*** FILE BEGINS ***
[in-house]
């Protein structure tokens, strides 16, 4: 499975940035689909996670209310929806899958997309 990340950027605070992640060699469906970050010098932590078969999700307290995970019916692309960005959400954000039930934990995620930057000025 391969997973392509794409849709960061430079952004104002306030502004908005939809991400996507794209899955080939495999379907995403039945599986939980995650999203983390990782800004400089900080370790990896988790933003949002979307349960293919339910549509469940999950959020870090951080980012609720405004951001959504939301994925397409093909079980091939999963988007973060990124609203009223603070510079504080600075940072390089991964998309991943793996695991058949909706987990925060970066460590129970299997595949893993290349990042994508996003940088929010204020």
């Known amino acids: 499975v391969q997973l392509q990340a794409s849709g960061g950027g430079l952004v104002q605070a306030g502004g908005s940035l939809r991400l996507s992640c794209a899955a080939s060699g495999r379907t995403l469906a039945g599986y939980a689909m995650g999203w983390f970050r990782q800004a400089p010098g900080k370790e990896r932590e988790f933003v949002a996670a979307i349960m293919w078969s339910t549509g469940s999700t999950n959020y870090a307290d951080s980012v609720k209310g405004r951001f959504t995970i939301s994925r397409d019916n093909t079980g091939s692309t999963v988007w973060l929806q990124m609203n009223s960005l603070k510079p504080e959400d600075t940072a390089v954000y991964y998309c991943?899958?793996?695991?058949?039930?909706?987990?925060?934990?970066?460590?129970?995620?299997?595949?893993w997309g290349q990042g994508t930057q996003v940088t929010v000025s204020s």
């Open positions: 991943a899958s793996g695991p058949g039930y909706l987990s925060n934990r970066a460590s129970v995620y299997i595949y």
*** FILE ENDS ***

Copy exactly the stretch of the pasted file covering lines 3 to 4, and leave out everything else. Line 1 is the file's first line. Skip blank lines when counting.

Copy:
């Known amino acids: 499975v391969q997973l392509q990340a794409s849709g960061g950027g430079l952004v104002q605070a306030g502004g908005s940035l939809r991400l996507s992640c794209a899955a080939s060699g495999r379907t995403l469906a039945g599986y939980a689909m995650g999203w983390f970050r990782q800004a400089p010098g900080k370790e990896r932590e988790f933003v949002a996670a979307i349960m293919w078969s339910t549509g469940s999700t999950n959020y870090a307290d951080s980012v609720k209310g405004r951001f959504t995970i939301s994925r397409d019916n093909t079980g091939s692309t999963v988007w973060l929806q990124m609203n009223s960005l603070k510079p504080e959400d600075t940072a390089v954000y991964y998309c991943?899958?793996?695991?058949?039930?909706?987990?925060?934990?970066?460590?129970?995620?299997?595949?893993w997309g290349q990042g994508t930057q996003v940088t929010v000025s204020s």
């Open positions: 991943a899958s793996g695991p058949g039930y909706l987990s925060n934990r970066a460590s129970v995620y299997i595949y």